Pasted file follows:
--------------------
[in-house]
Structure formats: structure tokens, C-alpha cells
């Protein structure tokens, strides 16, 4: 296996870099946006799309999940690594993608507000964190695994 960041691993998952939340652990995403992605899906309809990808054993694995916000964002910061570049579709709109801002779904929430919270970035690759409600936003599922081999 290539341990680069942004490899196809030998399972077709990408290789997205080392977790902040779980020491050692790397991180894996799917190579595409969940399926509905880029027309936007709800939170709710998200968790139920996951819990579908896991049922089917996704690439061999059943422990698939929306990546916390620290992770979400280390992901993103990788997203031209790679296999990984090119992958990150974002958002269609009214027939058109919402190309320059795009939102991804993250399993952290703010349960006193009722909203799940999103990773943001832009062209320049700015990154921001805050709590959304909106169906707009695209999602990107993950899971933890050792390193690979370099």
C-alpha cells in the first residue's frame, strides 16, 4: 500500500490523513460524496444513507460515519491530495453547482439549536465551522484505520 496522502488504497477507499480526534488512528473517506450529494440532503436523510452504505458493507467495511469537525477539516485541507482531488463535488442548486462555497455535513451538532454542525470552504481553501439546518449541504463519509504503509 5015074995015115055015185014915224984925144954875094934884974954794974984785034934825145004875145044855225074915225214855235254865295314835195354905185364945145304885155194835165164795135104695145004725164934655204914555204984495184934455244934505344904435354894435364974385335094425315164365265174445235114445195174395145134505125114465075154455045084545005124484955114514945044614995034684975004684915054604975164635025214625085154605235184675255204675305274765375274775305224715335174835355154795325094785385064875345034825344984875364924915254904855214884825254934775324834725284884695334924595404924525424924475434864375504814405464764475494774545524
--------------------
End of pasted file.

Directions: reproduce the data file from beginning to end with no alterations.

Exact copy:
[in-house]
Structure formats: structure tokens, C-alpha cells
């Protein structure tokens, strides 16, 4: 296996870099946006799309999940690594993608507000964190695994 960041691993998952939340652990995403992605899906309809990808054993694995916000964002910061570049579709709109801002779904929430919270970035690759409600936003599922081999 290539341990680069942004490899196809030998399972077709990408290789997205080392977790902040779980020491050692790397991180894996799917190579595409969940399926509905880029027309936007709800939170709710998200968790139920996951819990579908896991049922089917996704690439061999059943422990698939929306990546916390620290992770979400280390992901993103990788997203031209790679296999990984090119992958990150974002958002269609009214027939058109919402190309320059795009939102991804993250399993952290703010349960006193009722909203799940999103990773943001832009062209320049700015990154921001805050709590959304909106169906707009695209999602990107993950899971933890050792390193690979370099």
C-alpha cells in the first residue's frame, strides 16, 4: 500500500490523513460524496444513507460515519491530495453547482439549536465551522484505520 496522502488504497477507499480526534488512528473517506450529494440532503436523510452504505458493507467495511469537525477539516485541507482531488463535488442548486462555497455535513451538532454542525470552504481553501439546518449541504463519509504503509 5015074995015115055015185014915224984925144954875094934884974954794974984785034934825145004875145044855225074915225214855235254865295314835195354905185364945145304885155194835165164795135104695145004725164934655204914555204984495184934455244934505344904435354894435364974385335094425315164365265174445235114445195174395145134505125114465075154455045084545005124484955114514945044614995034684975004684915054604975164635025214625085154605235184675255204675305274765375274775305224715335174835355154795325094785385064875345034825344984875364924915254904855214884825254934775324834725284884695334924595404924525424924475434864375504814405464764475494774545524